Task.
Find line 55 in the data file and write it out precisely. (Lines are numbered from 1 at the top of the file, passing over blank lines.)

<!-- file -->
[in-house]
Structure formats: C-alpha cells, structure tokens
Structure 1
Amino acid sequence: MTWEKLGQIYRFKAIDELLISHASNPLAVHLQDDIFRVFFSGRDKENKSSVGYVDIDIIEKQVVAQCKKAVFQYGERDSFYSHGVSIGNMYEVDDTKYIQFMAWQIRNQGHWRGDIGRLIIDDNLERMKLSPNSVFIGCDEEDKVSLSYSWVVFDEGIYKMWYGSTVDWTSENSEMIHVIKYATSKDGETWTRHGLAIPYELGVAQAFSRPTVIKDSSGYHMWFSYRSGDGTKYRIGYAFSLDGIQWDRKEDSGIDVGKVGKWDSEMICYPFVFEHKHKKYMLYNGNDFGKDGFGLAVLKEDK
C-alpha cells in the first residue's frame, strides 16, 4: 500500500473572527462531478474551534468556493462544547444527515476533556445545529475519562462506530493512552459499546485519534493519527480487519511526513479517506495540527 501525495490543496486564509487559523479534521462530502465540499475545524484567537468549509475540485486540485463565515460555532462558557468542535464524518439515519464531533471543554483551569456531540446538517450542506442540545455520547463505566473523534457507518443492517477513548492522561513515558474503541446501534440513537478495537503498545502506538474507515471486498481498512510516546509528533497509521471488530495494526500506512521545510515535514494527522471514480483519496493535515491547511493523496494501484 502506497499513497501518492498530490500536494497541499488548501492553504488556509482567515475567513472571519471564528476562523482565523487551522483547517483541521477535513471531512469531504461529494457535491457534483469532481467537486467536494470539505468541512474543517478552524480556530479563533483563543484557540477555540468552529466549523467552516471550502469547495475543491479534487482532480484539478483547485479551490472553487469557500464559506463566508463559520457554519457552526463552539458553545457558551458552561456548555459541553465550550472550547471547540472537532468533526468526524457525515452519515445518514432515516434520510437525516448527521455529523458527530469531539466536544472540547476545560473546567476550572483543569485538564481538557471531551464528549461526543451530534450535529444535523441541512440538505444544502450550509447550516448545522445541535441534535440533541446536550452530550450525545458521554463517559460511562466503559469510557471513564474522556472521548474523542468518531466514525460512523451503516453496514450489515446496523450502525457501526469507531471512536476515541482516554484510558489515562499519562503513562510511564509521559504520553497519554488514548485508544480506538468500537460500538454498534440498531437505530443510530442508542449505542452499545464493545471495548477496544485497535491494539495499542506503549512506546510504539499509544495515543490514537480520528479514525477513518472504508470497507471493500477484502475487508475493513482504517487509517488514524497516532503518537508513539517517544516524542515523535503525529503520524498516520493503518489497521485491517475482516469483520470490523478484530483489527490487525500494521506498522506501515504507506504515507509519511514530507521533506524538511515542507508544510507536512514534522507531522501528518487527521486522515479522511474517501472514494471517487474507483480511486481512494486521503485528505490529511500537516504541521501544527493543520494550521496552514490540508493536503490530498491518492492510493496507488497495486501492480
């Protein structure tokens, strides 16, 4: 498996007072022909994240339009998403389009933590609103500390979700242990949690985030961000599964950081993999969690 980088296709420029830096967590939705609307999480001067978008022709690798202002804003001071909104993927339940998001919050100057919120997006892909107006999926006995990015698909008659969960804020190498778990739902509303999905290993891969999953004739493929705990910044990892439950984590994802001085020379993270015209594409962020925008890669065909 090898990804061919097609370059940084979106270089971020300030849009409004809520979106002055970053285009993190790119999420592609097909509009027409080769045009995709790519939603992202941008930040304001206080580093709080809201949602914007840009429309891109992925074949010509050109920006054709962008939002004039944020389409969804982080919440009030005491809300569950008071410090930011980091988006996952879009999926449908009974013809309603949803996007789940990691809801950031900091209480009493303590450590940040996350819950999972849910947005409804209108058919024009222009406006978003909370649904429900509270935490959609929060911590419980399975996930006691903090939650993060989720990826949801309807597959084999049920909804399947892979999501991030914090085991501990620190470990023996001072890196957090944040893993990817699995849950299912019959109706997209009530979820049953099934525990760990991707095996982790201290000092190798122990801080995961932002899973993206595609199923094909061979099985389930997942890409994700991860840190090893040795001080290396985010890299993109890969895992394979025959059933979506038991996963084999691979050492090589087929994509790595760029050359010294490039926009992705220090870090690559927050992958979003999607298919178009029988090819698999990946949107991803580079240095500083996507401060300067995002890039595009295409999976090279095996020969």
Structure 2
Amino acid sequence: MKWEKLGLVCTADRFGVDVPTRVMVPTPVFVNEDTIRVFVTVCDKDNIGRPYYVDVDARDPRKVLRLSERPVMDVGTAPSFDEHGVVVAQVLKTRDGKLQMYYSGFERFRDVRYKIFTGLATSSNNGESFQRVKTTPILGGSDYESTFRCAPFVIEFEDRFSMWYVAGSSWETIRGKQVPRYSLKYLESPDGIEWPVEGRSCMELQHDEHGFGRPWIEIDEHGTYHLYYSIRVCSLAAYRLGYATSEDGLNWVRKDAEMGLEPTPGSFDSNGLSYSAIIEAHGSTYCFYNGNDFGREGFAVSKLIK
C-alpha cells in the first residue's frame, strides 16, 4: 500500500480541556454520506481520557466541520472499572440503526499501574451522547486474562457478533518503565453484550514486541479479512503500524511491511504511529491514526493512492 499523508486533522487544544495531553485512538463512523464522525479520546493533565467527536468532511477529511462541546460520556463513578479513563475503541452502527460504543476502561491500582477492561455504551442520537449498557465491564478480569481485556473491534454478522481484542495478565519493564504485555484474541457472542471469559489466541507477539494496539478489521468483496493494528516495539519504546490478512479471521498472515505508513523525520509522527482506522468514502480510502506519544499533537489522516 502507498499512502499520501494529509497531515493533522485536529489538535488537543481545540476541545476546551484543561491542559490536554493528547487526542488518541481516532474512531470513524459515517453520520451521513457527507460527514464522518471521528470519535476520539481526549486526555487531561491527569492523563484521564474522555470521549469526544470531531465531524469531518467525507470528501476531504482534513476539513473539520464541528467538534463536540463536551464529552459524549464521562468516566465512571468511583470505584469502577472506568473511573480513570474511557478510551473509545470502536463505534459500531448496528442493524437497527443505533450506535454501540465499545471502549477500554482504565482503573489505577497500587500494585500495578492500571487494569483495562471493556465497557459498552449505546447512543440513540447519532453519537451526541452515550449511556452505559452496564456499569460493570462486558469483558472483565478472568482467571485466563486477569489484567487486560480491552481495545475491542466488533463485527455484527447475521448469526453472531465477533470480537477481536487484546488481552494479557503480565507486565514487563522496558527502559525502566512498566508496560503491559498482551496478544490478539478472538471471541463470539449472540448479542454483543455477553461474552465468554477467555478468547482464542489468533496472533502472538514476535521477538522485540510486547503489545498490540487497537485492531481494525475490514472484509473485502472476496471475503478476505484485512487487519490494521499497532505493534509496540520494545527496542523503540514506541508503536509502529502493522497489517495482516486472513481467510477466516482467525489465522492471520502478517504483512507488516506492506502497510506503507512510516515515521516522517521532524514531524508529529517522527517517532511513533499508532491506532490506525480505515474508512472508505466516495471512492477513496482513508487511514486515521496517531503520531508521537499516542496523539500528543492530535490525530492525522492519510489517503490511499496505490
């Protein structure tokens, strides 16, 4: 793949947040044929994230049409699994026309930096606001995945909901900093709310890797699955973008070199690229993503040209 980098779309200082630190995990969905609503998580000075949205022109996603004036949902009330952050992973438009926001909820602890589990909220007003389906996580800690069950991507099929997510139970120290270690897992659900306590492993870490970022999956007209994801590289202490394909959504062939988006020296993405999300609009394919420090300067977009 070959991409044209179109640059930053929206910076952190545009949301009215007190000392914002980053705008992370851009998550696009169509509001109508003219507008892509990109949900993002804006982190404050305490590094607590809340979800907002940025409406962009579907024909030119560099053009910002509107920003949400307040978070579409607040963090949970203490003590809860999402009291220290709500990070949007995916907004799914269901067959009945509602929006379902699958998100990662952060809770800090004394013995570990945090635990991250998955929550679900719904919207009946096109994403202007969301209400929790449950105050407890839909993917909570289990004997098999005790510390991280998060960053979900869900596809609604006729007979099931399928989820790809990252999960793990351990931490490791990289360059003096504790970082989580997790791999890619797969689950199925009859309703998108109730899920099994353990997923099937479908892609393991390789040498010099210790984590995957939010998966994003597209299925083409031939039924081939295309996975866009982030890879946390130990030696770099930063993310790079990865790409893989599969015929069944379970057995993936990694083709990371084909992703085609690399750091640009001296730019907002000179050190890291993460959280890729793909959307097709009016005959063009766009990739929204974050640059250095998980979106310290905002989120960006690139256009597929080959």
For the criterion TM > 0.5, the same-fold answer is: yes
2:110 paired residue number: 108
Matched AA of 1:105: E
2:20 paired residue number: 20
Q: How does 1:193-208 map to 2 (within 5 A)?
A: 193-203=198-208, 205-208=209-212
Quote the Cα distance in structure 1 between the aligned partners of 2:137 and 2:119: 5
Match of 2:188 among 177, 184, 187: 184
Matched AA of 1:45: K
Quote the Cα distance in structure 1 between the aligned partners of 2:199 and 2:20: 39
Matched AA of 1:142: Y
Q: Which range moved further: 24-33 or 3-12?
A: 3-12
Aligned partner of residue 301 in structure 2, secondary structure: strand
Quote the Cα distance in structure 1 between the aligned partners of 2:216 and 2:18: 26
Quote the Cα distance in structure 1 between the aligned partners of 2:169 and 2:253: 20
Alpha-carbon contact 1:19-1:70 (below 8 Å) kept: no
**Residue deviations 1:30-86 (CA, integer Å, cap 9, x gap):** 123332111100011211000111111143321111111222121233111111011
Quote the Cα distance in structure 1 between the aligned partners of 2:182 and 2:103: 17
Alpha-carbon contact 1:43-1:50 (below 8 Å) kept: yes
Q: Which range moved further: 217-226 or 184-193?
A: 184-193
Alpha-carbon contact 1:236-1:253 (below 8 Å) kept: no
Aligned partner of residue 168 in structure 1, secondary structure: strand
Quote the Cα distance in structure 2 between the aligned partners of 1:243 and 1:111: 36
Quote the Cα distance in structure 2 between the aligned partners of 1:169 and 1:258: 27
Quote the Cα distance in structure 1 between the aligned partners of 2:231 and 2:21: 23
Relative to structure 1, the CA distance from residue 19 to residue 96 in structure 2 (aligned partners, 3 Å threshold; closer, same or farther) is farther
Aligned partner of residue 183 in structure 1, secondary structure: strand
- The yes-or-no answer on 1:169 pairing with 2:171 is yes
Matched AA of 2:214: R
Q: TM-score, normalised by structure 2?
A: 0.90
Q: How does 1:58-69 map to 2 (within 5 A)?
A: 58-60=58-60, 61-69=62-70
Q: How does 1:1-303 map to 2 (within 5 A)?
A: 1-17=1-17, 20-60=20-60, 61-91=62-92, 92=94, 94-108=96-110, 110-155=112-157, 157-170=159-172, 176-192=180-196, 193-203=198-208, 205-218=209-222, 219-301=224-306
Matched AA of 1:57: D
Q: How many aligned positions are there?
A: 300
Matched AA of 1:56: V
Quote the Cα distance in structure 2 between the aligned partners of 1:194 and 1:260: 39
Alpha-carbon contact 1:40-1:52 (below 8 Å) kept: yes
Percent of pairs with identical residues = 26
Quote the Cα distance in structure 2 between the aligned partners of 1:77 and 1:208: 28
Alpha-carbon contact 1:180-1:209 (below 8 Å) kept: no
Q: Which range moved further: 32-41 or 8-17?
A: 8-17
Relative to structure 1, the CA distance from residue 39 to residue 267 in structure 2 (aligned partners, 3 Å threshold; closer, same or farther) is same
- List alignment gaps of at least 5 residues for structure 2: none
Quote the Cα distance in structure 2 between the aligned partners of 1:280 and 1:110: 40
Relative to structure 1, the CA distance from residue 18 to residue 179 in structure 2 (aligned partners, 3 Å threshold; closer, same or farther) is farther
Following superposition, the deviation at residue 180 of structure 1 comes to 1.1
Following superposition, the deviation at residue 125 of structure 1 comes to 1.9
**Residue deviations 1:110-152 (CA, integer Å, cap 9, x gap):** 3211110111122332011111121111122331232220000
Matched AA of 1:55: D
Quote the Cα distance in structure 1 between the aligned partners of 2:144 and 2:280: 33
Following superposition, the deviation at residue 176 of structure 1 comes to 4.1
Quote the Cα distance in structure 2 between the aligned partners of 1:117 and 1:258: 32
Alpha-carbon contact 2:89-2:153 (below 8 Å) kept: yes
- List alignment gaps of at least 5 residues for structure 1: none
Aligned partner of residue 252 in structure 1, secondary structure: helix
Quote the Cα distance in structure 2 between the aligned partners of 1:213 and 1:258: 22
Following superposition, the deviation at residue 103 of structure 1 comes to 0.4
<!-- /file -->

Quote the Cα distance in structure 2 between the aligned partners of 1:77 and 1:208: 28